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Less is More
by Jerry Filipski
by Jerry Filipski


Gerald (Jerry) Filipski is the gardening columnist for the Edmonton Journal, a position he has enjoyed as a freelance writer for the past 12 years. Jerry also writes for Canadian Gardening, the new Alberta Gardener as well as for the lifestyle magazine of P&O ferries. Jerry also does numerous public speaking engagements including some major gardening conferences and workshops as well as question and answer sessions for Wal-Mart and Rona.

April 13, 2008

The best landscape designer and contractor has to be Mother Nature. Just take a few minutes next time you are out at the lake or on vacation in the mountains to look at the landscape objectively. If you are looking for a landscape that is low maintenance then take your lessons from nature.

Many gardeners get hung up with what is right and wrong when it comes to panning their landscape. Should the plantings all have odd numbers of plants in the groupings? Should you mix non-complementary colours? Should the design be formal or informal? Should you always have tall plants in the back of bed and shorter in the front? These are all rules that I remember when I took my landscape design courses but over the years I know that many of these rules are meant to be interpreted and are not written in stone. Mother Nature is an excellent example.

I spent many hours surviving my second home property looking at how to landscape it. The more I studied it the more I realized that I didn't want to do much to what was there already. The natural stands of trees framed the view. The plants growing under and in and around the trees filled in the spaces nicely. There were even shorter grasses in front of those shrubs that finished off the picture. Sure I'm going to clean up the space removing some of the deadfall and pulling a few weeds. I'm also planning on adding some favourite plants but in a way that they look integrated with the existing natural landscape. Some plants just look out of place in a natural landscape. Plants that are heavy bloomers, for example, would look better next to the house rather than placed in the natural scene.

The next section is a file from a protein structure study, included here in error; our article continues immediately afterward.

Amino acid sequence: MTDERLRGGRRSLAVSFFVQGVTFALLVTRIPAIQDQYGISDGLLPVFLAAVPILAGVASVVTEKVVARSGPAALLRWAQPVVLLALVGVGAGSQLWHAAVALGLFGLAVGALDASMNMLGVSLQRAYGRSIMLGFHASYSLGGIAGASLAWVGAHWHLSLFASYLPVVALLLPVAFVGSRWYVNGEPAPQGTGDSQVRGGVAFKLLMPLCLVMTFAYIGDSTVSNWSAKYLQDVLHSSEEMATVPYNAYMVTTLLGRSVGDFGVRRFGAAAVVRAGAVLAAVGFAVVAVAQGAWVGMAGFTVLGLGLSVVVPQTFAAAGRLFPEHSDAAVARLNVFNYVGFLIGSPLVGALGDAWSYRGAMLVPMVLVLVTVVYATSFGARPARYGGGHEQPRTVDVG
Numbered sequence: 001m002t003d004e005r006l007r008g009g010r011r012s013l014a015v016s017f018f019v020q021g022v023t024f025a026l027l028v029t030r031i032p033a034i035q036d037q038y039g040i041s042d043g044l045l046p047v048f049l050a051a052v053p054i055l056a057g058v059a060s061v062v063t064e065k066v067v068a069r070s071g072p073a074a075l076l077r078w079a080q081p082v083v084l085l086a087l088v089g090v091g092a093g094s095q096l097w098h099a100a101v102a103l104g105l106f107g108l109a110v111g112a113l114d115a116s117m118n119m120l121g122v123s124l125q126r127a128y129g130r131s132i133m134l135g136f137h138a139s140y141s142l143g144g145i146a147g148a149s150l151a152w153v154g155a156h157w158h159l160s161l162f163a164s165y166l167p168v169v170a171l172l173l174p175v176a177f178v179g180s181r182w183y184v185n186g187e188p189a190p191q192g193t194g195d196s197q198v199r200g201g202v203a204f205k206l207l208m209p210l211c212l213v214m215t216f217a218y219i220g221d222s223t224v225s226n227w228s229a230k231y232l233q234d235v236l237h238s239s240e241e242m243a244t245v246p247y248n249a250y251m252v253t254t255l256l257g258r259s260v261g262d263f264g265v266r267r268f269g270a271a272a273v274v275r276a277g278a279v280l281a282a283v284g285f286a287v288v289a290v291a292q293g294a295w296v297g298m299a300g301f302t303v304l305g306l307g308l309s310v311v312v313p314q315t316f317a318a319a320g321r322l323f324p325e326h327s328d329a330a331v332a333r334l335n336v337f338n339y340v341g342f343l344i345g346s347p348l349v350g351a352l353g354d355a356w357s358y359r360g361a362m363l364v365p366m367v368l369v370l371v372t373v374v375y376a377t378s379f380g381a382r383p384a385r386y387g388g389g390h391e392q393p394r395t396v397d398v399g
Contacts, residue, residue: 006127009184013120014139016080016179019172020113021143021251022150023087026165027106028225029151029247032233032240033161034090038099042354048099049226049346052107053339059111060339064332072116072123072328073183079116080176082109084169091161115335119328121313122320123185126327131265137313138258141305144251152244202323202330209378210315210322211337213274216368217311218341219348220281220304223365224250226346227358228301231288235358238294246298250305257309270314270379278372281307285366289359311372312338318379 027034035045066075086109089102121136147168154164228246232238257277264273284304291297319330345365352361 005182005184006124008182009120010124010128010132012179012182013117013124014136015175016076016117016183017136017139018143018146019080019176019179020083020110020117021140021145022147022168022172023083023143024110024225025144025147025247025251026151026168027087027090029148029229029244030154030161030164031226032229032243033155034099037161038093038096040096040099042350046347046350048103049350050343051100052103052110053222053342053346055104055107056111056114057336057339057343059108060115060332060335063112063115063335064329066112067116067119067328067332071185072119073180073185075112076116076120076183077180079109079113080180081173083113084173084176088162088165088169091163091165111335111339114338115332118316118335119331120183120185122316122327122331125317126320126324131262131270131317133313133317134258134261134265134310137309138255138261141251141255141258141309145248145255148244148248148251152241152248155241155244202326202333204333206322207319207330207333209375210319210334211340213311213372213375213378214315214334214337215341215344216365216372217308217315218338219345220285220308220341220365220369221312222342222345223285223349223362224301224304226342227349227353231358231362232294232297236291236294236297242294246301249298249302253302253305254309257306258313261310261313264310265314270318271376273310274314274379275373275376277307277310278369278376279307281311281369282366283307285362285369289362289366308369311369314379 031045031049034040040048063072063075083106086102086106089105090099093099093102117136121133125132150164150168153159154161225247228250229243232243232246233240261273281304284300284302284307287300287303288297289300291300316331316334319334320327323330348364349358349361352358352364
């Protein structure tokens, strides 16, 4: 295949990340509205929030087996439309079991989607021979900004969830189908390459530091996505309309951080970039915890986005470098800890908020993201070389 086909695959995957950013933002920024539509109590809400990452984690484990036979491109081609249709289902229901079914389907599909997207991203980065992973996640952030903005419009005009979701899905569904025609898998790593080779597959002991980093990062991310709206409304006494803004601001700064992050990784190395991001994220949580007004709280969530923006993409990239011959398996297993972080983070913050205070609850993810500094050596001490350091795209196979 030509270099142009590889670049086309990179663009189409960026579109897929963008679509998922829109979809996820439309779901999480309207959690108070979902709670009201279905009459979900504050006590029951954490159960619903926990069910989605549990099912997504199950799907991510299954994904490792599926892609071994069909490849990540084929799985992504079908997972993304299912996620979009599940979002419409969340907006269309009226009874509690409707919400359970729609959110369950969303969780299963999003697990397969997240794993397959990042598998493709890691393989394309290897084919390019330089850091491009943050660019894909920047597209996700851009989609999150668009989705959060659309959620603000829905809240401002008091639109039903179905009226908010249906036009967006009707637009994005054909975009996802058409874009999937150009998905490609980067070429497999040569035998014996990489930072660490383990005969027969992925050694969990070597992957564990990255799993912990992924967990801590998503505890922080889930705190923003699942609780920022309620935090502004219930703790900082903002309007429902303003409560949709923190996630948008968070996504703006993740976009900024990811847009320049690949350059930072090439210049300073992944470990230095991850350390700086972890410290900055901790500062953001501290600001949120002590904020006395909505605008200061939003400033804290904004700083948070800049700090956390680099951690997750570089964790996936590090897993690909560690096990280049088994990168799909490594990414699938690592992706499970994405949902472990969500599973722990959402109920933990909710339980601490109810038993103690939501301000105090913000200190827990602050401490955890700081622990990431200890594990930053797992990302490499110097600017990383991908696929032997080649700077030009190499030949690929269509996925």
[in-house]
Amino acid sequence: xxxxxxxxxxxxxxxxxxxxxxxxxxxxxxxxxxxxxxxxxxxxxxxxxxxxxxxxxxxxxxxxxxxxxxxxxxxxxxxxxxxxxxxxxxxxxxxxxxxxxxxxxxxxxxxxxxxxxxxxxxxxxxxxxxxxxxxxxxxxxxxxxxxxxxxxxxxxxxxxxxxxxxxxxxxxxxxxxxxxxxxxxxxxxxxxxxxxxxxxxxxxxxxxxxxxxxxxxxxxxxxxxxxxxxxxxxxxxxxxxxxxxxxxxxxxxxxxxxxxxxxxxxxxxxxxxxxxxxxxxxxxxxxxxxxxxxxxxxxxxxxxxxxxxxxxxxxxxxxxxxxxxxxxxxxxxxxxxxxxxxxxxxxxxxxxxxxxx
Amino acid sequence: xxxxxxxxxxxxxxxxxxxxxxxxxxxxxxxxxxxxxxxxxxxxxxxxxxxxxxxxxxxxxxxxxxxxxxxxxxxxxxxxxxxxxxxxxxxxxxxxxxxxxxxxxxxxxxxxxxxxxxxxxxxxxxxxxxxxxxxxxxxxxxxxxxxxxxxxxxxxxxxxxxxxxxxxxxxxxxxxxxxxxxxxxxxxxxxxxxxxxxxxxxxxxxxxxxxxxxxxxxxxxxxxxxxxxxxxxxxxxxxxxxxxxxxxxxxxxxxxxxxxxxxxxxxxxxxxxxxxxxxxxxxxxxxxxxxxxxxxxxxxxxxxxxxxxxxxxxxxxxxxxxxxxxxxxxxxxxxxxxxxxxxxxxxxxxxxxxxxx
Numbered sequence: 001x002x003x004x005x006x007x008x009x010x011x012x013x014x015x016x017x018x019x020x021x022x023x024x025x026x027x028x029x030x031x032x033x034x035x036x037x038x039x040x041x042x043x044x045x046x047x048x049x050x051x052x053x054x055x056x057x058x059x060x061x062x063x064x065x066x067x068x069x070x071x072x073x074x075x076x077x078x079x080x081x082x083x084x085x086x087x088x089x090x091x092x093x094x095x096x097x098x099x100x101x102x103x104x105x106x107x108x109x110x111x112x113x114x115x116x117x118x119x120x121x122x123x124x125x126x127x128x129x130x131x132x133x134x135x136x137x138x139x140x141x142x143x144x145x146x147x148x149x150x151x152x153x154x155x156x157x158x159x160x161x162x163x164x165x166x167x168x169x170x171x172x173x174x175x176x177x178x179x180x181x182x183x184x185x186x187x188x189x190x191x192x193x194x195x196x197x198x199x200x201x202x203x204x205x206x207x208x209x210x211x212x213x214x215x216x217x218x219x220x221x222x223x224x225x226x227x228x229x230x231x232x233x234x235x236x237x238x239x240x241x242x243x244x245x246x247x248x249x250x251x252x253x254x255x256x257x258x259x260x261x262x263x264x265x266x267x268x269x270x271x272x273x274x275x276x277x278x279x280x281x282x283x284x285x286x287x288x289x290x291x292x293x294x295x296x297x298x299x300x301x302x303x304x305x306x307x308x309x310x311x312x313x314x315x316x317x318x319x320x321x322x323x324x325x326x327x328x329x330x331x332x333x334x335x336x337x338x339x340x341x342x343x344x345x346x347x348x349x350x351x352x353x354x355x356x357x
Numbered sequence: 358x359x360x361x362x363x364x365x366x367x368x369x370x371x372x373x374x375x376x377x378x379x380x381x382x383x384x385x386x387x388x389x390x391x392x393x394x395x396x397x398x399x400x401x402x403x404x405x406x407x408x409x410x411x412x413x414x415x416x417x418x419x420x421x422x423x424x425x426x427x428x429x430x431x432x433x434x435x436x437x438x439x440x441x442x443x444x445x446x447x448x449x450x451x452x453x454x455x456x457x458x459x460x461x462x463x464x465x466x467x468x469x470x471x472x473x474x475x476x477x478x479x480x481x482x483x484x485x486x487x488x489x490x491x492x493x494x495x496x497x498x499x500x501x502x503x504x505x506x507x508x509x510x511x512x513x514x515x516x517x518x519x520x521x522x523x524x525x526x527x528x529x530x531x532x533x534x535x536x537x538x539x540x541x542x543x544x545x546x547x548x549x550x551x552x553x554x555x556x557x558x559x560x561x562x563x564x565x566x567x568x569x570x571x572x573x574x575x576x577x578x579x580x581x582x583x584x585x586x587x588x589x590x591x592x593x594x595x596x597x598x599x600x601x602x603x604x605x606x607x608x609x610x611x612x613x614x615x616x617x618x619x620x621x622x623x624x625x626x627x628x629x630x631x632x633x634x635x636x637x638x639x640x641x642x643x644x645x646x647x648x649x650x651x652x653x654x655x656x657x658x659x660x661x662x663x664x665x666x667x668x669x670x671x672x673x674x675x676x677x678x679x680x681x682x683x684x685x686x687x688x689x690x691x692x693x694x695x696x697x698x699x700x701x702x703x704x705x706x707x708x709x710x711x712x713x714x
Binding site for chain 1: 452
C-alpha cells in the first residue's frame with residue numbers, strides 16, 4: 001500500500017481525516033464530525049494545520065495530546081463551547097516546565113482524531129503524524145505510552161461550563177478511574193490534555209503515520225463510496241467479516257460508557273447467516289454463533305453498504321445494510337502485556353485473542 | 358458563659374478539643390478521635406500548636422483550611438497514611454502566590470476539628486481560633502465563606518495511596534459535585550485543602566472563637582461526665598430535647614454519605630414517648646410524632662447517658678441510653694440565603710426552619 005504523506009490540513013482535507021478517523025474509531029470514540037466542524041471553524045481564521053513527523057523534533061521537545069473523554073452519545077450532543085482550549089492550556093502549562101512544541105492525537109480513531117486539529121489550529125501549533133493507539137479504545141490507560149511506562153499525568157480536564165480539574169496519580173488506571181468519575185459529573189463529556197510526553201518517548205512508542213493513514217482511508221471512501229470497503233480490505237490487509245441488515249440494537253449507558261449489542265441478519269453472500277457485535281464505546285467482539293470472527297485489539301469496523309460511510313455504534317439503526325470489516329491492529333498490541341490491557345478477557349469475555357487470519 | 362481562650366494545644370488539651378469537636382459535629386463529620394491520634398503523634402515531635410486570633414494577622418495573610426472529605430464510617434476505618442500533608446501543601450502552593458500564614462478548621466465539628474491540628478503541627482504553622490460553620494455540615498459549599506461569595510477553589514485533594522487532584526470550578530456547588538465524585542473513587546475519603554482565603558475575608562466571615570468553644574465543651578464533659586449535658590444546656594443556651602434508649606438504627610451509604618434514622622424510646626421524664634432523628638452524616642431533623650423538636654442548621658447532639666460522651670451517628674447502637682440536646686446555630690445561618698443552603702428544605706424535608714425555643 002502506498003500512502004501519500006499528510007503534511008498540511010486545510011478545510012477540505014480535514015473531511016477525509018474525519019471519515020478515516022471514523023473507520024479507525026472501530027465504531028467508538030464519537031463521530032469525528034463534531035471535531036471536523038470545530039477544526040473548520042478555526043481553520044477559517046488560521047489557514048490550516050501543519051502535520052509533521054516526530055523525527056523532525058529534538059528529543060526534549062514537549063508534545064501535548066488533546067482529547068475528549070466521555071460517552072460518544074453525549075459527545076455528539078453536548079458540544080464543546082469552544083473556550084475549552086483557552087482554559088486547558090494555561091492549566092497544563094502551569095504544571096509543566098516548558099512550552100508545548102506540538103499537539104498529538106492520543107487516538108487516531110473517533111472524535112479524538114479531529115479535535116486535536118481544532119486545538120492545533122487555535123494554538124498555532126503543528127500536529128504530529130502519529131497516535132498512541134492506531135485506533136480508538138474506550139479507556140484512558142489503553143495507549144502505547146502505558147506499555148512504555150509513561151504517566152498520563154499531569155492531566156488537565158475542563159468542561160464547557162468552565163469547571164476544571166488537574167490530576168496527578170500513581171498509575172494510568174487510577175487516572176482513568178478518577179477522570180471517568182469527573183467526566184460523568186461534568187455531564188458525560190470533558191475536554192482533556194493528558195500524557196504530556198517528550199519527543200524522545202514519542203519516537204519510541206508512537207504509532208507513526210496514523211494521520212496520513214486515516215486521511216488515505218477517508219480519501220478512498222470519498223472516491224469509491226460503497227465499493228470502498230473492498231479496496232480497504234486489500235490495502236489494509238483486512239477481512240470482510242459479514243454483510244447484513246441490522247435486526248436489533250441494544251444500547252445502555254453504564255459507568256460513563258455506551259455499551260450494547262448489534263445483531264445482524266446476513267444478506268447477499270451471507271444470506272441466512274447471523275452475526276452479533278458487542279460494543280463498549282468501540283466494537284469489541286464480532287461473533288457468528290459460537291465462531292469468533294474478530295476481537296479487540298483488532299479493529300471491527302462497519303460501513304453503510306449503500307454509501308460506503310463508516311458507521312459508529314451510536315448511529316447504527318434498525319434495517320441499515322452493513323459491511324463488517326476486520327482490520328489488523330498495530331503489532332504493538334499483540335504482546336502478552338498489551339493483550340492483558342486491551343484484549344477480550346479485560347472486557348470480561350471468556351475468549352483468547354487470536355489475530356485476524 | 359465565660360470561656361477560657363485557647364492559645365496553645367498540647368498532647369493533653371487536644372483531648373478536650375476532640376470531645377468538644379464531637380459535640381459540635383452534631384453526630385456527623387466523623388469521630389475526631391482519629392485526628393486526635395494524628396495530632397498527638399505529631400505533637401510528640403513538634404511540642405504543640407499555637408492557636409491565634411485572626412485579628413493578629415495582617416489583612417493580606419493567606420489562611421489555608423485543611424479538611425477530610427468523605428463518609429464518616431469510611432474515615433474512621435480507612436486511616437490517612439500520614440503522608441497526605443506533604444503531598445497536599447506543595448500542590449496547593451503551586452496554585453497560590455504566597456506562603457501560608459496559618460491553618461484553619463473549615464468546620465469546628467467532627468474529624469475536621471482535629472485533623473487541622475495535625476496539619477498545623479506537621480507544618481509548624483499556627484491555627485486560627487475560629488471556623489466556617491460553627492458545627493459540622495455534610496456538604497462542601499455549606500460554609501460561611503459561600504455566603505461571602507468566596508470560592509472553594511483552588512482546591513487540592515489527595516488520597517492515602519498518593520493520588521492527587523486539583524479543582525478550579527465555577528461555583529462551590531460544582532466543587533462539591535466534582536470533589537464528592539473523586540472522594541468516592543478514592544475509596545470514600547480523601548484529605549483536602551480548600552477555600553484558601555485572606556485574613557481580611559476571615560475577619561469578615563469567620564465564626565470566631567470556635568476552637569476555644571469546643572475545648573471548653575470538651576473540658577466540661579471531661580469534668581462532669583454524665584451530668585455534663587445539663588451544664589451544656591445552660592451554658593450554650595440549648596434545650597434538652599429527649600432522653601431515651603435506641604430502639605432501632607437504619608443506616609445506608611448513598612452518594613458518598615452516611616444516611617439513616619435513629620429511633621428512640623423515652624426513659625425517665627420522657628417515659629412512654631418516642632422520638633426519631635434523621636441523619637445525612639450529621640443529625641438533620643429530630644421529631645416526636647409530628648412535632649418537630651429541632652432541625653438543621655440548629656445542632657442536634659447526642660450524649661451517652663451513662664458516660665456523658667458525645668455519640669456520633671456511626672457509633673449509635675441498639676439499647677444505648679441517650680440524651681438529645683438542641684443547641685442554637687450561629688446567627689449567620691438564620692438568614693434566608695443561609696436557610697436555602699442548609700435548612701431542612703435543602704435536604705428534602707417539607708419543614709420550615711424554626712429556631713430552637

Personally, I was not planning on creating a low maintenance landscape but it has worked out to be that way because I have decided to let Mother Nature paint the majority of the canvas. I'm just going to be the assistant. The plants I have always wanted to grow and are hardy out on our property in BC will find a home closer to the house where I can enjoy them. The natural setting at the back of the property and the view will remain unspoiled. Because I'm a huge fan of Rhododendrons and there are many that grow wild in BC, I plan on integrating the Rhodos into the natural landscape. I also plan on adding some native grasses and wildflowers to finish off the scene.

Think of it like an artist finishing off a nearly completed painting.

Some of the advantages of this type of landscaping are cost saving and the impact on the environment. Using native plants can be a very cost effective way of landscaping a second home. You may be able to transplant existing plants or often you can find a local supplier of seeds. Also, since these plants are acclimatized to the area they are in they usually require less water and require little, if any, fertilizer.

Take a few minutes to take in your natural setting and you too may realize that the best landscape is already in place. There are many good books on the market that talk about landscaping with native plants. 2 good ones are:

  • Natural Landscaping: Designing with Native Plant Communities by John Diekelmann
  • Grow Wild!: Low-Maintenance, Sure-Success, Distinctive Gardening with Native Plants by Lorraine Johnson and Andrew Leyerle

  • New Eden
  • Kids Garden
  • Plant a Row Grow a Row